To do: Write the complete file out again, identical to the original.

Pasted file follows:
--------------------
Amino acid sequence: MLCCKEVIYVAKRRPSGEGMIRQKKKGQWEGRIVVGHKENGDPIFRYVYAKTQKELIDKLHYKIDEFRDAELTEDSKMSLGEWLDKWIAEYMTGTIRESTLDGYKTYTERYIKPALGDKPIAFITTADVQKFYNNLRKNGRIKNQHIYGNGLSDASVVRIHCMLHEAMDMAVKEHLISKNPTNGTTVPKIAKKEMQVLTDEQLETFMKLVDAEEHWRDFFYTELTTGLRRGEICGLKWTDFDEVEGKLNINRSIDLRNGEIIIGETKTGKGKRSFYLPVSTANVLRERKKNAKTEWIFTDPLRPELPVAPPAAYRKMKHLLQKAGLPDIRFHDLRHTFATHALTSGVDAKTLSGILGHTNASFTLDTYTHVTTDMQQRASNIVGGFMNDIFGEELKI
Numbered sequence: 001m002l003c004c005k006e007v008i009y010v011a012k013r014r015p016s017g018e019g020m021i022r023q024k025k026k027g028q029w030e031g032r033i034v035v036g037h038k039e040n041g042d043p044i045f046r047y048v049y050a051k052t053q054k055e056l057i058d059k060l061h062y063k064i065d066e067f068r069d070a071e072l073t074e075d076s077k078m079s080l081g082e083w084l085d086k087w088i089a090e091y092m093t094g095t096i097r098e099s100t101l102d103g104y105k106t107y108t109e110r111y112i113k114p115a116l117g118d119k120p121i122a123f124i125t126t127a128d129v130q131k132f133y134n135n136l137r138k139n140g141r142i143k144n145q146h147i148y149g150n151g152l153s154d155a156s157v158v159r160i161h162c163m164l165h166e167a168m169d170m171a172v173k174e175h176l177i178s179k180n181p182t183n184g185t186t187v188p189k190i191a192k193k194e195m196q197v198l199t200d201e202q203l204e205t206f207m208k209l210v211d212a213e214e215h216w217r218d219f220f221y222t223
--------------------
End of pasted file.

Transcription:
Amino acid sequence: MLCCKEVIYVAKRRPSGEGMIRQKKKGQWEGRIVVGHKENGDPIFRYVYAKTQKELIDKLHYKIDEFRDAELTEDSKMSLGEWLDKWIAEYMTGTIRESTLDGYKTYTERYIKPALGDKPIAFITTADVQKFYNNLRKNGRIKNQHIYGNGLSDASVVRIHCMLHEAMDMAVKEHLISKNPTNGTTVPKIAKKEMQVLTDEQLETFMKLVDAEEHWRDFFYTELTTGLRRGEICGLKWTDFDEVEGKLNINRSIDLRNGEIIIGETKTGKGKRSFYLPVSTANVLRERKKNAKTEWIFTDPLRPELPVAPPAAYRKMKHLLQKAGLPDIRFHDLRHTFATHALTSGVDAKTLSGILGHTNASFTLDTYTHVTTDMQQRASNIVGGFMNDIFGEELKI
Numbered sequence: 001m002l003c004c005k006e007v008i009y010v011a012k013r014r015p016s017g018e019g020m021i022r023q024k025k026k027g028q029w030e031g032r033i034v035v036g037h038k039e040n041g042d043p044i045f046r047y048v049y050a051k052t053q054k055e056l057i058d059k060l061h062y063k064i065d066e067f068r069d070a071e072l073t074e075d076s077k078m079s080l081g082e083w084l085d086k087w088i089a090e091y092m093t094g095t096i097r098e099s100t101l102d103g104y105k106t107y108t109e110r111y112i113k114p115a116l117g118d119k120p121i122a123f124i125t126t127a128d129v130q131k132f133y134n135n136l137r138k139n140g141r142i143k144n145q146h147i148y149g150n151g152l153s154d155a156s157v158v159r160i161h162c163m164l165h166e167a168m169d170m171a172v173k174e175h176l177i178s179k180n181p182t183n184g185t186t187v188p189k190i191a192k193k194e195m196q197v198l199t200d201e202q203l204e205t206f207m208k209l210v211d212a213e214e215h216w217r218d219f220f221y222t223